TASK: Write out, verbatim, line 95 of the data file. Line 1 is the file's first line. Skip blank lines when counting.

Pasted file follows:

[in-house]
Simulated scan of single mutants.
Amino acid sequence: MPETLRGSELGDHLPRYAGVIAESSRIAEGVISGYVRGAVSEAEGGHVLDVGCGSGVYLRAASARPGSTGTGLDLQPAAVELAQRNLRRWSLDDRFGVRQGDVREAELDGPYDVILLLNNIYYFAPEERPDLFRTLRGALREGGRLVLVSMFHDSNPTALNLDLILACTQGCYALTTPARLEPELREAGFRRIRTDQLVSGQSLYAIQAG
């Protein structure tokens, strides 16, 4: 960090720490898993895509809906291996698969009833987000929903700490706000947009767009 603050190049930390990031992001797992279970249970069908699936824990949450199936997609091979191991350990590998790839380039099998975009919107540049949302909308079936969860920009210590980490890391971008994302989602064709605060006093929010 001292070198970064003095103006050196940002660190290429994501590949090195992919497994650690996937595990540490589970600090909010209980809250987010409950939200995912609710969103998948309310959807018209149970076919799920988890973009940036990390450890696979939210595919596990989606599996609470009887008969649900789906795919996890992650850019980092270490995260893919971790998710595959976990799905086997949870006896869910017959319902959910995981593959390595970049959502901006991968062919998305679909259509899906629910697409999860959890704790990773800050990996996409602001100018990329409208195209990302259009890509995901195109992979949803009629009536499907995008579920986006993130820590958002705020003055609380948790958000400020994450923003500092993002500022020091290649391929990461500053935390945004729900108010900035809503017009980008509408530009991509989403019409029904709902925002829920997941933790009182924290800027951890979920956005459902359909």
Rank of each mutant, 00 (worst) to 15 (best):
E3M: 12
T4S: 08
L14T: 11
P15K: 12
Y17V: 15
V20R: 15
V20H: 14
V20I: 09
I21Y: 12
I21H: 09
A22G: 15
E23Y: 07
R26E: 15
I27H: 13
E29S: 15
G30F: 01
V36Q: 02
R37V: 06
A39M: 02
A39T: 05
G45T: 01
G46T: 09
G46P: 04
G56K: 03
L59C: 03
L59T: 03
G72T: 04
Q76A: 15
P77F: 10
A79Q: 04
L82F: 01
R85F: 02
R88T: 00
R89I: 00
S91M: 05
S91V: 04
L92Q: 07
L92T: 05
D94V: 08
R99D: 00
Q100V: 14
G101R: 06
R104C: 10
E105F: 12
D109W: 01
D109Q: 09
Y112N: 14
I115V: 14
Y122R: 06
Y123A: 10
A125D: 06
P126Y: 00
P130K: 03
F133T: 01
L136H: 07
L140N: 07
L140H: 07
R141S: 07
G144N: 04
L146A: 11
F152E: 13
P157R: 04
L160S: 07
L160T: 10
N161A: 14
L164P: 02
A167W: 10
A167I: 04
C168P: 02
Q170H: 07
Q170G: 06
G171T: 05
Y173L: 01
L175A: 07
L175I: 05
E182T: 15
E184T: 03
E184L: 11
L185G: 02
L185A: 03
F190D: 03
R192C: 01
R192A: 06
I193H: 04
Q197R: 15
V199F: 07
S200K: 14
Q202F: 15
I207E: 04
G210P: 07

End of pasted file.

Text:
G210P: 07